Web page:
Stacy quickly learned what made BCC a special place.

"The real heart of community colleges is their faculty, and at BCC, we have amazing faculty — people who are incredibly dedicated to teaching," she says. "One of the things we have here at BCC is a true community. It's very easy as a faculty member to live in your classroom, but that's not the way it works here. We talk to each other, we help each other, we enjoy being with each other."

Stacy also credits BCC's student support systems, noting that "all sorts of wonderful staff are working to make sure students are getting the services they need and that they are supported."

But in the end, she says, it's the students themselves, and their variety of life experiences, that matter most.

"Here, you have people who are still in high school, people who are just out of high school and people who might be coming back to college after 20 years in the workforce. That makes for a rich and diverse set of students that brings a lot more to what we do than just having everybody relatively the same," she says.

In fact, she readily calls the students her favorite part about teaching at BCC.

"I love talking to them, I love learning about them, I love working with them," she says. "Just about every student I have has a fantastic story and an unbelievable challenge they had to overcome."

One student of hers confided he was collecting cans for bus money to get to school. Others are managing difficult family situations or are working multiple jobs to make ends meet. "These situations are so common that I rarely encounter a student who doesn't have a special story and their own personal success," she says.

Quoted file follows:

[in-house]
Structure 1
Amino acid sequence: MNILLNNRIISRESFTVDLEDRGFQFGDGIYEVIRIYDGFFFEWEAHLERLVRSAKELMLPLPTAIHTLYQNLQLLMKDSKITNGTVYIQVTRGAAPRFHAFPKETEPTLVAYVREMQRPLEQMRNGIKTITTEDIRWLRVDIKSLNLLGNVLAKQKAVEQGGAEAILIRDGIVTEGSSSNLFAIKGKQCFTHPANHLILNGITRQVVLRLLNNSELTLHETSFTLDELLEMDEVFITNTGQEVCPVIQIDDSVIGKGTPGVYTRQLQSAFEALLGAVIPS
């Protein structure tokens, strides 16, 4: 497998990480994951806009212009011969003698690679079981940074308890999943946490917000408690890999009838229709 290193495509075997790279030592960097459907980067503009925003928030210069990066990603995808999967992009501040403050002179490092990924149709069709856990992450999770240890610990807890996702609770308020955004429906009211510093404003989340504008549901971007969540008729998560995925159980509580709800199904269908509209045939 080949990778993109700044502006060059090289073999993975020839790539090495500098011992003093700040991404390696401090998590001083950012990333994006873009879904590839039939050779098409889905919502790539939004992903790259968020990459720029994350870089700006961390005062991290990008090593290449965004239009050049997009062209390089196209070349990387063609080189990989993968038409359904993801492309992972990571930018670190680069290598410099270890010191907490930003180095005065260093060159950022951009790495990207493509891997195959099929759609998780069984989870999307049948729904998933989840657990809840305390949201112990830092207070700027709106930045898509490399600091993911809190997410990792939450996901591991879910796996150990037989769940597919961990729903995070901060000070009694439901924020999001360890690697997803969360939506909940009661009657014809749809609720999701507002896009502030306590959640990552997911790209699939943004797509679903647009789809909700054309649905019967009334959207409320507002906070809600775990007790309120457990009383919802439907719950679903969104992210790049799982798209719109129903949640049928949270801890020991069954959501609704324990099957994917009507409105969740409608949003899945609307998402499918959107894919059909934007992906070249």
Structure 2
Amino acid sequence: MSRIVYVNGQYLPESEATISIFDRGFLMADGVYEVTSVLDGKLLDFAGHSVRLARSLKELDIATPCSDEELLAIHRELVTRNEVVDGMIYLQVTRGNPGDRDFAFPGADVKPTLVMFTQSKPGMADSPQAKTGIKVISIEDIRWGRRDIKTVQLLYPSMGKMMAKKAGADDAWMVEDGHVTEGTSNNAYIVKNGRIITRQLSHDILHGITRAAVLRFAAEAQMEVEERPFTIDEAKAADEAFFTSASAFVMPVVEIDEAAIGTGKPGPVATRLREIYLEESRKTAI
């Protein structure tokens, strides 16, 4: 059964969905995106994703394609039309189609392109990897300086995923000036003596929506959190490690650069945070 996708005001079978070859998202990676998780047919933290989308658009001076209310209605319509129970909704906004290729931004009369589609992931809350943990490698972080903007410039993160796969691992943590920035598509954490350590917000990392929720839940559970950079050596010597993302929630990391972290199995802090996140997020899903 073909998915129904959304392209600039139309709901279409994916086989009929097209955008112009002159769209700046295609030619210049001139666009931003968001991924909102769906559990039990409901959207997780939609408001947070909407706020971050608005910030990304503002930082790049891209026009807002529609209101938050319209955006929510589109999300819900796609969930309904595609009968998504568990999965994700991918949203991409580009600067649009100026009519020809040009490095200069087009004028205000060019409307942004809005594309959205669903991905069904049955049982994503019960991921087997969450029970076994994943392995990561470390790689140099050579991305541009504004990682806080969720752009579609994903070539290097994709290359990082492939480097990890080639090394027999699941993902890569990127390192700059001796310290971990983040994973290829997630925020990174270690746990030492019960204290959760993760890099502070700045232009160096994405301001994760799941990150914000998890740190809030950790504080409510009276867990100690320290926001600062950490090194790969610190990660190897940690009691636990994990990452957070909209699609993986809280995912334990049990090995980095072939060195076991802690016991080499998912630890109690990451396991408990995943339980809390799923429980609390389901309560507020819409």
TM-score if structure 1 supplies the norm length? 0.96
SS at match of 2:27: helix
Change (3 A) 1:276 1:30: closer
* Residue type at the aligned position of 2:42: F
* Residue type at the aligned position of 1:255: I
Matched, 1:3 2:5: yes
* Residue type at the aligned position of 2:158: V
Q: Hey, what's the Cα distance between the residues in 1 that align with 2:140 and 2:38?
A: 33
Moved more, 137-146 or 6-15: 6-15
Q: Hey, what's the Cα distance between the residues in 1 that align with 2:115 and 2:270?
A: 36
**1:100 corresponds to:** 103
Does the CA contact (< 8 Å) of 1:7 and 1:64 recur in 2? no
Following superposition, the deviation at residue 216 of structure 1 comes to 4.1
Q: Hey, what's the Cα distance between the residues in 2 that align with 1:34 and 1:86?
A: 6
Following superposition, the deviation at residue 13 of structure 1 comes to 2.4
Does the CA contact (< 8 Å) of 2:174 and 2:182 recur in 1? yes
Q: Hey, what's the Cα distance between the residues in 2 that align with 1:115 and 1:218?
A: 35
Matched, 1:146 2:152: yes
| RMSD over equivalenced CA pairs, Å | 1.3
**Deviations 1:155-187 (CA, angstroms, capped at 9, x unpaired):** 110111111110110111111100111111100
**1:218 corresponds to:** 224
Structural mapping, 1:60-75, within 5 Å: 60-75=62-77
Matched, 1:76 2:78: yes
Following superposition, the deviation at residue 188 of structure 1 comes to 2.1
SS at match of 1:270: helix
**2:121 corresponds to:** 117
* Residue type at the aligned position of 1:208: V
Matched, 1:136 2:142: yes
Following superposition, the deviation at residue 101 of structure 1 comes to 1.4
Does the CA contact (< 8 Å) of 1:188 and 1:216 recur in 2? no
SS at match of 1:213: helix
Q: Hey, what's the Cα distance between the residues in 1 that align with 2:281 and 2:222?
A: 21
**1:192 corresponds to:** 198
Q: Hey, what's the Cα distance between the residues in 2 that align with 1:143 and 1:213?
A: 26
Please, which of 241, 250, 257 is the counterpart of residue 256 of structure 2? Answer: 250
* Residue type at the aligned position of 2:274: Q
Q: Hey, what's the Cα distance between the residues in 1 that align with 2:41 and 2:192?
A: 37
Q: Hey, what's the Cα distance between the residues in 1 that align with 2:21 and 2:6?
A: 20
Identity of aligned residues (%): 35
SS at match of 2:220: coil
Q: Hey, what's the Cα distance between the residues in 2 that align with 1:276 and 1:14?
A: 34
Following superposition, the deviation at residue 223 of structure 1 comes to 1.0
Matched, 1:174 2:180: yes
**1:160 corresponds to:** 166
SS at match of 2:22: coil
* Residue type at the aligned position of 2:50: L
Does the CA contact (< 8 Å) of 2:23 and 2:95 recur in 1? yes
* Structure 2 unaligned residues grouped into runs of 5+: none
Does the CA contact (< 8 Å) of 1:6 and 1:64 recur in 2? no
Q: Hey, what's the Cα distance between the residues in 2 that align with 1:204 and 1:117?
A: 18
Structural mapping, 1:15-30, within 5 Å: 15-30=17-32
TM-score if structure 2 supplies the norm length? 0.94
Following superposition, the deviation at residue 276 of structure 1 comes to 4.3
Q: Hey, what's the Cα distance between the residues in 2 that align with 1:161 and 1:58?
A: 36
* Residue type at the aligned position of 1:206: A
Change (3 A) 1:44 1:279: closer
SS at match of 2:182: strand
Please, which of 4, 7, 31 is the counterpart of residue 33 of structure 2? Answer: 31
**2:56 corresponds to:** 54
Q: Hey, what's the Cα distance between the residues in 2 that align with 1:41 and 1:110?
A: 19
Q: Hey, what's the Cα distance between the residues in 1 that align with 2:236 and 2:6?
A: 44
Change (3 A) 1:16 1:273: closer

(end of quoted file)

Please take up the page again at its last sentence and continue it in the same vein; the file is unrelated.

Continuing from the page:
There is a wide variety of opportunities for people who study sociology, Stacy explains.

The first thing that sociology does in terms of preparing people for a career is that it focuses deeply on critical thinking. How do you look at a problem, how do you break it down, how do you collect and analyze data in an unbiased way? Sociology is great for any career that needs these skills.

Nonprofit organizations, for example, are a "huge section" of where Stacy's students get employed. They also fill positions in sales, marketing and teaching. "Any job that needs analytical skills, from insurance to marketing to nonprofit service provisions — all of those jobs are great places for people to go," she says.

And BCC is a great place to get started, Stacy says, noting that the risk is minimal.

"Try it. There's very little downside to giving it a try. We have an amazing staff at the One Stop who can help you figure out how to do that," she advises. "Everybody is college material. Everybody can do it. Not everybody wants to do it, and that's fine, too. But if you're thinking about it, there are lots of ways to try."

It doesn't require a full slate of classes to get started, she explains.

"We have classes — and sociology is one of them — where you can start out by taking just one or two courses and ease yourself in to college. You don't have to jump into some subject that really intimidates you," she says.

"I think a community college education is the best thing ever. It is a way that anyone can try it," Stacy says. "We have no entrance requirements except for a high school degree or its equivalency. We want everybody. That, to me, is the beauty of a community college. Everybody gets to try."